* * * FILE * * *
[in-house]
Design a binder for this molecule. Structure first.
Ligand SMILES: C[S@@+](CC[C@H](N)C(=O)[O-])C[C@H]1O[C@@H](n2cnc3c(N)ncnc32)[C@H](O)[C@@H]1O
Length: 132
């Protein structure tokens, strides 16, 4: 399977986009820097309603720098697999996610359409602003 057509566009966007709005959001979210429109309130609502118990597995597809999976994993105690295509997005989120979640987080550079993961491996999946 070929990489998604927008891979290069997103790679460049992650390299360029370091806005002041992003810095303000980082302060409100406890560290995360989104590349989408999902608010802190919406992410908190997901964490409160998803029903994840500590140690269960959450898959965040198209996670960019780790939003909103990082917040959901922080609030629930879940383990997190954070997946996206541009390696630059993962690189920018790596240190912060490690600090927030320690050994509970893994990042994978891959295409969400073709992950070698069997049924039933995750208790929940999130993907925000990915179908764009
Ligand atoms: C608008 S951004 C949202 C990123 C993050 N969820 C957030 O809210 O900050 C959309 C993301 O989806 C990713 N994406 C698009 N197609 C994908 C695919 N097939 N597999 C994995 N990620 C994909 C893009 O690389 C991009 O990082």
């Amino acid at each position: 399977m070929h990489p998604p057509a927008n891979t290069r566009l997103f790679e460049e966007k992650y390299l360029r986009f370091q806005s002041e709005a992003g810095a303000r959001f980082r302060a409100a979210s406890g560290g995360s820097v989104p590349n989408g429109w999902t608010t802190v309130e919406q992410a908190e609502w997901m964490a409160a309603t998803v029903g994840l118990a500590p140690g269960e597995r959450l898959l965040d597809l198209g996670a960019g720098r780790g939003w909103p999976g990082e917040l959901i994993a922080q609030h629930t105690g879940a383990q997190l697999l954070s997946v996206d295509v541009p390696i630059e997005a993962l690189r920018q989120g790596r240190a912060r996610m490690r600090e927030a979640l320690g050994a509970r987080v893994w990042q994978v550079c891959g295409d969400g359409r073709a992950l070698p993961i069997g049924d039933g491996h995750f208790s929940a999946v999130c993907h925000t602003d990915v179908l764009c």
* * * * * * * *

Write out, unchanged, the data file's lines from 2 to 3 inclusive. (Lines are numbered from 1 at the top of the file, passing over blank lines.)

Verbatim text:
Design a binder for this molecule. Structure first.
Ligand SMILES: C[S@@+](CC[C@H](N)C(=O)[O-])C[C@H]1O[C@@H](n2cnc3c(N)ncnc32)[C@H](O)[C@@H]1O